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Stories – The Ultimate Content

With the coming Googlelopalypse, as chronicled by NineByBlue, content’s going to become even more important.


How many more times can we all say ‘content is important?’

I dunno. How many more times can you ignore us when we say ‘content is important?’ I can say it 1 more time than that.

Telling a great story

Want great SEO? Tell a story.

One by one, Google’s taking away all our fun little tricks, from keyword optimization to link acquisition. Unless you’re a serious pro, you’re risking a major butt-kicking in the SERPs if you focus on class SEO tactics.

Instead, you need to attract attention the old-fashioned way. With great storytelling. Great stories get fans, and links. You can tell a fantastic story about anything. Anything.

And, storytelling is universal. It’s the ultimate content. We’re raised listening to stories, and our response to a good story is always positive.

An example: Life insurance

Say you’re trying to rank for ‘car insurance’. You’ve got a few options:

  1. You can purchase 10,000 links and pray.
  2. You can spin 500 versions of an article and pray some more.
  3. Or you can find a way to actually stand out from the crowd. With a great story.
You do what you want – I’m going with option #3. Here’s how I’ll do it:
  1. I need a character who my audience can either identify with or dislike. Or both.
  2. Who, because of a situation, needs/wants something.
  3. They go and get it. Or it gets them.
  4. And either suffer for it (because they didn’t do what they should have) or come out the better for it.

My character

Car insurance? I’m going with someone my audience can identify with: Carl. Carl’s a good guy. But he’s kinda cheap. He doesn’t want to spend any $ on car insurance. So he’s going to take his chances.

10% of Americans admit they’ve driven without car insurance. So a lot more have actually done it. This is a good market that I haven’t tapped yet. Carl is my ticket in.

The situation

He wants to buy himself a new car. So he’s saving up his pennies. One way he’s doing that? By not buying car insurance. After 12 months of scrimping and saving, he’s got $1500 in the bank. Enough for a down payment on his next car. Sweet!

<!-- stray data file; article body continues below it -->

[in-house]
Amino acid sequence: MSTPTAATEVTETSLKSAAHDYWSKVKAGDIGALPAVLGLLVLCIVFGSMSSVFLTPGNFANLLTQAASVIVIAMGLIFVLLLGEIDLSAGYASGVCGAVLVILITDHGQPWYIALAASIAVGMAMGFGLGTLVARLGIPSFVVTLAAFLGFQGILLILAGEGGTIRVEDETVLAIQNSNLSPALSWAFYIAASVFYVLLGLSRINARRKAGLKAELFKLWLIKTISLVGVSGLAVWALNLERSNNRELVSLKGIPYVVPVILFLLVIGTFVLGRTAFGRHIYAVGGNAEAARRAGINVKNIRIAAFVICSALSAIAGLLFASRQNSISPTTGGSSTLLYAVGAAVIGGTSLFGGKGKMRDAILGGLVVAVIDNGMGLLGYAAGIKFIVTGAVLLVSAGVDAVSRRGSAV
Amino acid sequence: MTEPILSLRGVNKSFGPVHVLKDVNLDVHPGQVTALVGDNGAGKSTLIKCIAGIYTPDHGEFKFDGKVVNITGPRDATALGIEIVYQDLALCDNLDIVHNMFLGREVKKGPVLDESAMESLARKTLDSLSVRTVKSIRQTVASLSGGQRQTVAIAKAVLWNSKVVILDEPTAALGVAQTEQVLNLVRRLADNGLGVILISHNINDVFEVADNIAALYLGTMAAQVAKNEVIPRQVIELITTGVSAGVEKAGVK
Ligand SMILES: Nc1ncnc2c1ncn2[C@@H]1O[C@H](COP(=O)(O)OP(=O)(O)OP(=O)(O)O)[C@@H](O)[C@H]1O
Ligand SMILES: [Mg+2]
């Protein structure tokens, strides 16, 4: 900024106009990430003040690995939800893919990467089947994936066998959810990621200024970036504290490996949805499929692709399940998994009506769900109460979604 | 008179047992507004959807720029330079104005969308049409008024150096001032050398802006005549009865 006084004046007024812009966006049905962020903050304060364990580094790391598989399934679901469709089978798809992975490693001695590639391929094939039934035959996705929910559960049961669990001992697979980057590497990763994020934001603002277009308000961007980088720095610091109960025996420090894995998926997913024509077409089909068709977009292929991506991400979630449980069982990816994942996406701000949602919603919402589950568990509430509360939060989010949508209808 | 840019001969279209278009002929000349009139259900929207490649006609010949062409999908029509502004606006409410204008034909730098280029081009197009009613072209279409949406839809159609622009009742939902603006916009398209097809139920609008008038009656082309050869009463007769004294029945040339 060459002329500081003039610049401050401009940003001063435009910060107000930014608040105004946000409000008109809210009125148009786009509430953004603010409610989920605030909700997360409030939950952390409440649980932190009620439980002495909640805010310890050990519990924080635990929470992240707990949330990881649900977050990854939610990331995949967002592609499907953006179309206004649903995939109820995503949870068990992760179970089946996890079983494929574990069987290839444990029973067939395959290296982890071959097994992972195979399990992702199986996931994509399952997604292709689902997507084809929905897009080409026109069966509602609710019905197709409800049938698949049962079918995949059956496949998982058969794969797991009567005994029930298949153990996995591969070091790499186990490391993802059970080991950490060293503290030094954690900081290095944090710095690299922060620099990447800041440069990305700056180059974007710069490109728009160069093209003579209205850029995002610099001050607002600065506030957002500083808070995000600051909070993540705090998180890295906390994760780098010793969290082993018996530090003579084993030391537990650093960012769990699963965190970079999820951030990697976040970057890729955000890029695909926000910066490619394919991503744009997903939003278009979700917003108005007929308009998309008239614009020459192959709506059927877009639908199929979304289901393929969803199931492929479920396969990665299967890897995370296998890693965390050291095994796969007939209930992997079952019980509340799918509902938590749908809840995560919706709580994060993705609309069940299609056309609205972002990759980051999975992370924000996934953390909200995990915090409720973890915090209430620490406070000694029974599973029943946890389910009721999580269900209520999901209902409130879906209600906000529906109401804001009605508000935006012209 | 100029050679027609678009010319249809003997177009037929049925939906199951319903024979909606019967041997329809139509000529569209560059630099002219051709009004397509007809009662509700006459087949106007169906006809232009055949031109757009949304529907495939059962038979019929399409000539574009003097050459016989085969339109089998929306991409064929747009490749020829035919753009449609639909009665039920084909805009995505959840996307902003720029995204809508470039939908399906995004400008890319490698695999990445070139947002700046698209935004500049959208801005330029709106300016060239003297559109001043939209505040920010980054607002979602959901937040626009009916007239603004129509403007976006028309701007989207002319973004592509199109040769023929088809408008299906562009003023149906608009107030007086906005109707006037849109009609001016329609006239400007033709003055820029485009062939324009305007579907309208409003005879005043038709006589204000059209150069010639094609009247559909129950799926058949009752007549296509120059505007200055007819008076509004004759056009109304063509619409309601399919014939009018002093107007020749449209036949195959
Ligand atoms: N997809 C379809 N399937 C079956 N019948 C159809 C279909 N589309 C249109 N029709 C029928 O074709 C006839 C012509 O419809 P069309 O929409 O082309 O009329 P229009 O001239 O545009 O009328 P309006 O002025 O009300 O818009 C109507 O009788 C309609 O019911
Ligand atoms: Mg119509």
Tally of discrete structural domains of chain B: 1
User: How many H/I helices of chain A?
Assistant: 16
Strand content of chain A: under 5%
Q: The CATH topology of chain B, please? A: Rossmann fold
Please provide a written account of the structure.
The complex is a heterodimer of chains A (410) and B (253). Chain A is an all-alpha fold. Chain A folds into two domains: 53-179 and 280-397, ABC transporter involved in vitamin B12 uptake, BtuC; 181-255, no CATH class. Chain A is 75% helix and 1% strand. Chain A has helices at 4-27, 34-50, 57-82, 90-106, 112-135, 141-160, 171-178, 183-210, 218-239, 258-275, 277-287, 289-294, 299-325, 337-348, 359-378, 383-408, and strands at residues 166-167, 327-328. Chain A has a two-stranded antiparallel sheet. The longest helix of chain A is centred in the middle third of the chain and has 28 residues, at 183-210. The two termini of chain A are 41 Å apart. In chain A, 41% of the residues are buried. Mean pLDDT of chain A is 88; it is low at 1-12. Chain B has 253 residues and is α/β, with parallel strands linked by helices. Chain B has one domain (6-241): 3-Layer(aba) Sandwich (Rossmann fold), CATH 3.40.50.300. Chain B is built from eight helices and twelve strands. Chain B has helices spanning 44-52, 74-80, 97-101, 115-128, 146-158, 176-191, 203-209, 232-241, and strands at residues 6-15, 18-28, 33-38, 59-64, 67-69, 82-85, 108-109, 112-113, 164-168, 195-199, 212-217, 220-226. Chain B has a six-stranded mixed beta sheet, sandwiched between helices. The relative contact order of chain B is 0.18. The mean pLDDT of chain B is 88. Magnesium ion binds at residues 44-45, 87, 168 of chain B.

He jumps in his jalopy and heads to the local car dealership. He’s got his car all picked out: An Econobox Ultimate. Sure, it’s a plastic box. But it’s going to be HIS plastic box, and he’s dang excited. For the first time in his life, he’s going to get to breathe in that new car smell in his own car.

He gets got

Oh dear. What Carl forgot is that he has a busted taillight on his jalopy. Couldn’t afford to fix it, you see, since he was saving every penny, and because he was working 2 jobs to save up enough for the down payment on his Econobox Ultimate. Did I mention he wants a blue one? With power sunroof? And the 19″ rims?

He’s driving down Route 18 (if you’re from New Jersey you know whereof I speak), happy as a clam, when Jane, the policewoman, sees his busted taillight. She lights him up and pulls him over, figuring she’ll give him a fixit ticket and that’ll be the end of the story.

Alas. Carl has no car insurance. Instead of a ‘free’ fixit ticket, he gets socked with a $500 citation for driving uninsured.

Carl is sad. So sad. Now, he can’t afford his Econobox Ultimate. He can’t even afford the Econobox LE (Lame Edition).

Stories are easy(er) to sell

Why does all this work? How will telling the story of Carl’s pathetic-ness help you sell more car insurance? Here’s how:

  1. Stories are easier to promote, because they’re not usually a sack of over-promotional keyword-stuffed drivel.
  2. Every now and then, a story can go viral where said sack of drivel cannot.
  3. Stories can build on themselves: It’s pretty easy to come up with Carl: The Sequel. However, coming up with yet another ’50 reasons you need car insurance’ post is pretty much impossible.
Make sure your story is easy for folks to spread with all the usual tactics: Share buttons, placement in relevant communities and a call to action.
We learn storytelling at an early age
We learn to love storytelling at an early age

Researching a great story

You don’t have to guess at story ideas.

If you want to make sure you find an easy-to-sell story, check out Reddit. Search for ‘stories’. Look for the story types that are getting the most votes and will work for your particular product/service/pitch.
Right now I see “Bitter breakup stories,” “Valet parking disasters” (great car insurance fodder there), and my favorite, “Stupidity-induced injuries.” Yes, Decalls, I broke my hand in 3 places beating up a house once. The house won.

Stories drive community. Community drives SEO.

Stories are the currency of any community. Do a good job of storytelling and you become part of that community.
This isn’t just marketing speak for ‘pay writers more money.’ The toughest thing to do is get a disengaged audience to join a community of folks who like you and your product. And that community drives SEO success through links, citations, and even user generated content if you give them a chance.
Use stories to build community and you’ll end up with truly future-proof SEO. Plus, it’s a nice break from writing top 10 lists.



One Comment

  1. Jahnelle Pittman March 23, 2012

    Ian, I cannot believe there’s no kudos in the comments for this article. It’s fantastic advice (and not too bad a story, either!).

    Thanks for writing! Now to go spread it around a bit more.

Comments are closed.

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